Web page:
2. Full details of Cycling UK’s #TooCloseForComfort Kickstarter campaign: https://www.kickstarter.com/projects/cyclinguk/toocloseforcomfort-the-close-pass-cycle-mat 
  3. Cycling UK called the ‘Give Space, Be Safe’ campaign on its launch “the best cyclist road safety initiative ever”: https://www.cyclinguk.org/press-release/2016-09-16/cycling-uk-hails-west-midlands-police-%E2%80%9Cbest-cyclist-road-safety-initiative- 
  4. For further information on the West Midlands Traffic Police ‘Give Space, Be Safe’ campaign visit: http://bhamcyclerevolution.org.uk/userfiles/file/BCR%20'GiveSpace'%20Flyer_Web2.pdf
  5. The Road Danger Reduction Forum gave its first award to West Midlands Police for its ‘Give Space, Be Safe’ campaign in recognition of this “exciting new approach by police services towards danger to cyclists.” https://rdrf.org.uk/2016/11/22/a-new-dawn-in-policing-to-prevent-danger-to-cyclists-the-rdrf-award-to-west-midlands-traffic-police/ 
  6. According to findings from Dr Rachel Aldred’s Near Miss Project, close passes account for a third of threatening encounters cyclists have with motor vehicles. They present a significant barrier for people new to cycling, or who cycle at a more sedate pace (<8mph). The project found close passes are particularly a problem for women, who on average cycle more slowly than men, and experienced a 50 per cent higher rate of close passes. http://www.nearmiss.bike/wp-content/uploads/2014/12/Nearmissreport-final-web-2.pdf 
  7. Road traffic police numbers have dropped by 37 per cent over the 10 years of 2004 – 2014. Over the same period overall policing numbers fell by 3.5 per cent: https://www.gov.uk/government/statistics/police-workforce-england-and-wales-30-september-2014-data-tables
  8. Cycling UK's fundraising video was produced and directed by Luke Stanley, www.offthewhale.co.uk 

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Roads policing protecting cyclists - with half the budget?

CTC Road Justice News - Wed, 8 Mar 2017, 11:22am
The Government has been told that traffic law enforcement needs specialist traffic officers and visible roads policing, but the numbers keep falling alongside the decline in detection of traffic offences. Whilst political will and more resources are needed, does the West Midland's close pass scheme show how, whilst we're waiting, clever enforcement can mean getting more for less? police_officers_on_bikes.jpg Invisible roads policing and evaporating enforcement

Most people will be able to guess my age when I say that I can still remember the days when a cycle ride or car journey would often take you past a traffic officer's patrol car. It was a visible reminder of a roads policing presence and that non-compliance with the rules might have consequences, and potentially for drivers, points on your licence. It made you think about your driving.

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'Car dooring' as an offence must be taken more seriously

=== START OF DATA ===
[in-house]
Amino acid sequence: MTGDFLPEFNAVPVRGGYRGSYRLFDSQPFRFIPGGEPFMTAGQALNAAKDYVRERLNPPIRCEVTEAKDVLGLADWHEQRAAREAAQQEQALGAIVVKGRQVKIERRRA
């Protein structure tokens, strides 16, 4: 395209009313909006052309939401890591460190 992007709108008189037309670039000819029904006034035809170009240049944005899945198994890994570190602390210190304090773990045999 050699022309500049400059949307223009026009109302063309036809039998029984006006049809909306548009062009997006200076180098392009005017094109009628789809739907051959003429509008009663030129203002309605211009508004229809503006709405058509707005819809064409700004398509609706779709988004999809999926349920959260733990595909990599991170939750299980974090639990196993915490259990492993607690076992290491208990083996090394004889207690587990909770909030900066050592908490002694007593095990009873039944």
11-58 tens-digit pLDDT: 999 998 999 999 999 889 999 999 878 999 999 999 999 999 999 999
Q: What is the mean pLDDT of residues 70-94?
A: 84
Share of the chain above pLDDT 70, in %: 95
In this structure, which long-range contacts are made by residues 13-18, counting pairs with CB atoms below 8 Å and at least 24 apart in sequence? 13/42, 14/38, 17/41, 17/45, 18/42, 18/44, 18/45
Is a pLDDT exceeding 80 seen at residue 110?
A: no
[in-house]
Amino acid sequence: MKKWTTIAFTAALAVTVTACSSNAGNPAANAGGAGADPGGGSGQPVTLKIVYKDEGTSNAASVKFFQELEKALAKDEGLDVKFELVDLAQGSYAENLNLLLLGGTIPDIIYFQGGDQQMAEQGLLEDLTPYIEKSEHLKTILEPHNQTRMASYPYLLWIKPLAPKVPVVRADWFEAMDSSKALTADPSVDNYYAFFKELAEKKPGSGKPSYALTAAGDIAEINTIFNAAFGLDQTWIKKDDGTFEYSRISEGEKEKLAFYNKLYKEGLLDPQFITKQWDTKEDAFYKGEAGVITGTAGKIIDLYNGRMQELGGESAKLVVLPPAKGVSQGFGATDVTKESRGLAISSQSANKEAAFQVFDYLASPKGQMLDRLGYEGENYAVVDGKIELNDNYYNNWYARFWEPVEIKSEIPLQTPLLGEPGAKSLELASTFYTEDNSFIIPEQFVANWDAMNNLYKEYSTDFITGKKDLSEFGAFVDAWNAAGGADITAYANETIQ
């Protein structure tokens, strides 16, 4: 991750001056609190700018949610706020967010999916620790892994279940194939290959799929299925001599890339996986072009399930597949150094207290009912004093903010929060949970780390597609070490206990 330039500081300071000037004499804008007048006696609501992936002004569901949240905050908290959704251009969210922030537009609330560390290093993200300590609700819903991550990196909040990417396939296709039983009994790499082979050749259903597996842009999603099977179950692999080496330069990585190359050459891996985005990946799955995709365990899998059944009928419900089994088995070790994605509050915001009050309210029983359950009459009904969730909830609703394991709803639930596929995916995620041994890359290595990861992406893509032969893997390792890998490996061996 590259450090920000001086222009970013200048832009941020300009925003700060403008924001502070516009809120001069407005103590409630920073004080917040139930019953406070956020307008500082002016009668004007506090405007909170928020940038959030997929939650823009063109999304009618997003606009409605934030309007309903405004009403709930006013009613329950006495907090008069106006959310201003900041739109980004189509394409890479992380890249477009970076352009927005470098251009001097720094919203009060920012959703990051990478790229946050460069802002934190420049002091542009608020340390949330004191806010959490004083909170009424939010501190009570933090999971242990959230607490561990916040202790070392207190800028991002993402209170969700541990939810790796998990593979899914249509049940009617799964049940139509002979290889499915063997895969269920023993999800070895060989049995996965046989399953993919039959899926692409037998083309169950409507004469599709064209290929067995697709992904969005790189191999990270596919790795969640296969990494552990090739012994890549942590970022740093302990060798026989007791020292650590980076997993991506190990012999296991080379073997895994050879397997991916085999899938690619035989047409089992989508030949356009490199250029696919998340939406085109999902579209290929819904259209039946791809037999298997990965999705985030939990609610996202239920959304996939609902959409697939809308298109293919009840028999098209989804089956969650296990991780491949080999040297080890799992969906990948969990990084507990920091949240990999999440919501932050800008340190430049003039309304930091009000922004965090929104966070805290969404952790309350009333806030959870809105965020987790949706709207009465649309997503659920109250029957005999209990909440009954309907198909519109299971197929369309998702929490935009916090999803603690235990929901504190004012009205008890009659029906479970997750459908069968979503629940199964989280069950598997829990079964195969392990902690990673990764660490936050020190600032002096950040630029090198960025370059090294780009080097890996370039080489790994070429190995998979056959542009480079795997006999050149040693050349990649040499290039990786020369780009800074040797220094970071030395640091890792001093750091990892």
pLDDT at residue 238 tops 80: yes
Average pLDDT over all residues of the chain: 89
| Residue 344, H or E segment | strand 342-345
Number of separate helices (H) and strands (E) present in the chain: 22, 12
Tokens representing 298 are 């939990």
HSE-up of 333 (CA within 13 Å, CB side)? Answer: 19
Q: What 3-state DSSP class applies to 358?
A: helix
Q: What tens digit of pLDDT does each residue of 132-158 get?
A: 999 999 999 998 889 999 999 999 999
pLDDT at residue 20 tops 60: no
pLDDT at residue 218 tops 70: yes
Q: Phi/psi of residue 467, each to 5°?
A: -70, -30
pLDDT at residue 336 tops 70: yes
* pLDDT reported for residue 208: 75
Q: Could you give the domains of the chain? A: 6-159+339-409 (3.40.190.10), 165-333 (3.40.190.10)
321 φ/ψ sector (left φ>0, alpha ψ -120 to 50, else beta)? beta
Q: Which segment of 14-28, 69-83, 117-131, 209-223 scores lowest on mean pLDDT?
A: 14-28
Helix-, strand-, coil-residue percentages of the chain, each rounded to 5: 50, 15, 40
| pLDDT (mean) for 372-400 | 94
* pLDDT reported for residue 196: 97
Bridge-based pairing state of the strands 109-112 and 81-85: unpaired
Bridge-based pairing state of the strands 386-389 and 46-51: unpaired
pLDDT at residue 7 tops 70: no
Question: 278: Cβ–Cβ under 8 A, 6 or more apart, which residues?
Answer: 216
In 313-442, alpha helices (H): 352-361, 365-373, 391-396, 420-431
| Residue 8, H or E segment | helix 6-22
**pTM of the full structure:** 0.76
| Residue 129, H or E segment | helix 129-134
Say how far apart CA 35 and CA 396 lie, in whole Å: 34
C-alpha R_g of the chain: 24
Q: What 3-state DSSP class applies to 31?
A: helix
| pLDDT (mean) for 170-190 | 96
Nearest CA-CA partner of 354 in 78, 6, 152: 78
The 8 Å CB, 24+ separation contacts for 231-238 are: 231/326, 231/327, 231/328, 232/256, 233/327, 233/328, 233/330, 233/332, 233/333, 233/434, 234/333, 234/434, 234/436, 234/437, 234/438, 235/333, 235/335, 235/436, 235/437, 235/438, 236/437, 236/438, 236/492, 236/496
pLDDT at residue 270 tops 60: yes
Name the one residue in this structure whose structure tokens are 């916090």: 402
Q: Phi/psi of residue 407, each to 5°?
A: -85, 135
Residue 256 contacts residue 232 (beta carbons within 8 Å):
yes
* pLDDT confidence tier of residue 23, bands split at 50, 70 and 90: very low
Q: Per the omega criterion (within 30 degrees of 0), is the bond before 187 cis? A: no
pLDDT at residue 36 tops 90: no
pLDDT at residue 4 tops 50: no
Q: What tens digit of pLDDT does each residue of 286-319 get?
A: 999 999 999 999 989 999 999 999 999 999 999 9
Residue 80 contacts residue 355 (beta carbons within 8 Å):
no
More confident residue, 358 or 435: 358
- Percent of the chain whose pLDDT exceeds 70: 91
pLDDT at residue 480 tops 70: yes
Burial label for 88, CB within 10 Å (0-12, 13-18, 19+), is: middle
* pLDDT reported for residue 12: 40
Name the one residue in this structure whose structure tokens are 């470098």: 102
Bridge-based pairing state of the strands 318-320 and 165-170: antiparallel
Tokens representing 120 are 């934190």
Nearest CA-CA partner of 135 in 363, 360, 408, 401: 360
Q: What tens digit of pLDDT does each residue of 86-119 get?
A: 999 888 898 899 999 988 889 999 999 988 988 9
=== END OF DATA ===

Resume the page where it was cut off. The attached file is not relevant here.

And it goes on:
CTC Road Justice News - Fri, 3 Mar 2017, 2:00pm
Today Friday 3 March, defendants Ms Mandy Chapple (56) and Mr Farook Yusuf Bhikhu (56) were both summoned to Leicester Magistrates Court for the offence of opening a car door, or causing or permitting it to be opened, so as to cause injury, an action which resulted in the death of Leicester schoolteacher Sam Boulton. justice.jpg

Ms Chapple pleaded guilty to the charge and, due to her limited income, was handed a £150 fine, broken down as £80 for the offence, a £40 victim surcharge and £30 court costs. This is to be paid in £50 monthly instalments.

Mr Bhikhu, who was driving the taxi Ms Chapple was travelling in, pleaded not guilty and his case will be heard at Loughborough Magistrates Court on 5 June. 

Cycling UK Press Office
Email: publicity@cyclinguk.org
Telephone: 0844-736-8453

  1. Cycling UK, the national cycling charity, inspires and helps people to cycle and keep cycling, whatever kind of cycling they do or would like to do. Over a century’s experience tells us that cycling is more than useful transport; it makes you feel good, gives you a sense of freedom and creates a better environment for everyone. www.cyclinguk.org
  2. 'Car dooring' is a criminal offence under Regulation 105 of the Road Vehicles (Construction and Use) Regulations 1986 http://www.legislation.gov.uk/uksi/1986/1078/regulation/105/made  and Section 42 Road Traffic Act 1988 http://www.cyclistsdefencefund.org.uk/the-law-for-cyclists-hit-by-vehicl.... However this offence is only punishable by a fine of up to £1,000 and no penalty points can be imposed on the offender’s licence.  
  3. Cycling UK recently made the case for adequate sentencing for car dooring offences in their response to the Ministry of Justice’s consultation on the review of road traffic offences and penalties. 
  4. For further information on the Dutch Reach and Cycling UK’s position see: https://www.cyclinguk.org/blog/samjones/dutch-reach 
  5. Cyclist Sam Harding was killed https://www.cyclinguk.org/cycle/car-door-dangers in August 2012, when driver Kenan Aydogdu opened his car door in front of Harding on London's Holloway Road. Given that this was not a 'driving offence', and the maximum penalty for car dooring was only £1000, the Crown Prosecution Service brought a 'manslaughter' prosecution against him, but he was acquitted despite his windows being coated with dark plastic film, reducing visibility in and out of the car to 17% of their normal level. He was fined £200 for the car-dooring offence.